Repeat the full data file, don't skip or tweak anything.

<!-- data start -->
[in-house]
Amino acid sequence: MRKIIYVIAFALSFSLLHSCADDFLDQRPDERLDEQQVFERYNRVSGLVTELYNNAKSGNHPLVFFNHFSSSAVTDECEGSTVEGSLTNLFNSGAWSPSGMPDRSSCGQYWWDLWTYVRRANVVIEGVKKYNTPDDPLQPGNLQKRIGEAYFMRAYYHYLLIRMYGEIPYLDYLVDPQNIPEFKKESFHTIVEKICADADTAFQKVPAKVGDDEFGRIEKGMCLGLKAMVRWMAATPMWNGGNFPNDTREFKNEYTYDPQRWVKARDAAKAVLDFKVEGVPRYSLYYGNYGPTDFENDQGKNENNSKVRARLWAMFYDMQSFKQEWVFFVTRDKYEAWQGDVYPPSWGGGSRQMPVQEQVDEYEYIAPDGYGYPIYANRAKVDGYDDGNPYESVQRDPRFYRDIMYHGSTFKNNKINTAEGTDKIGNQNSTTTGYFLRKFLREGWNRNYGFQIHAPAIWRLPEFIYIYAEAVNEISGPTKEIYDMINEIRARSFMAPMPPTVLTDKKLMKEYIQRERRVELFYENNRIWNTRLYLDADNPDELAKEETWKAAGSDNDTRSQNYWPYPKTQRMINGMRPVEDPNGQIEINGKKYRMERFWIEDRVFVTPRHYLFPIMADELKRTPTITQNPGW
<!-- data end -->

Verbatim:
[in-house]
Amino acid sequence: MRKIIYVIAFALSFSLLHSCADDFLDQRPDERLDEQQVFERYNRVSGLVTELYNNAKSGNHPLVFFNHFSSSAVTDECEGSTVEGSLTNLFNSGAWSPSGMPDRSSCGQYWWDLWTYVRRANVVIEGVKKYNTPDDPLQPGNLQKRIGEAYFMRAYYHYLLIRMYGEIPYLDYLVDPQNIPEFKKESFHTIVEKICADADTAFQKVPAKVGDDEFGRIEKGMCLGLKAMVRWMAATPMWNGGNFPNDTREFKNEYTYDPQRWVKARDAAKAVLDFKVEGVPRYSLYYGNYGPTDFENDQGKNENNSKVRARLWAMFYDMQSFKQEWVFFVTRDKYEAWQGDVYPPSWGGGSRQMPVQEQVDEYEYIAPDGYGYPIYANRAKVDGYDDGNPYESVQRDPRFYRDIMYHGSTFKNNKINTAEGTDKIGNQNSTTTGYFLRKFLREGWNRNYGFQIHAPAIWRLPEFIYIYAEAVNEISGPTKEIYDMINEIRARSFMAPMPPTVLTDKKLMKEYIQRERRVELFYENNRIWNTRLYLDADNPDELAKEETWKAAGSDNDTRSQNYWPYPKTQRMINGMRPVEDPNGQIEINGKKYRMERFWIEDRVFVTPRHYLFPIMADELKRTPTITQNPGW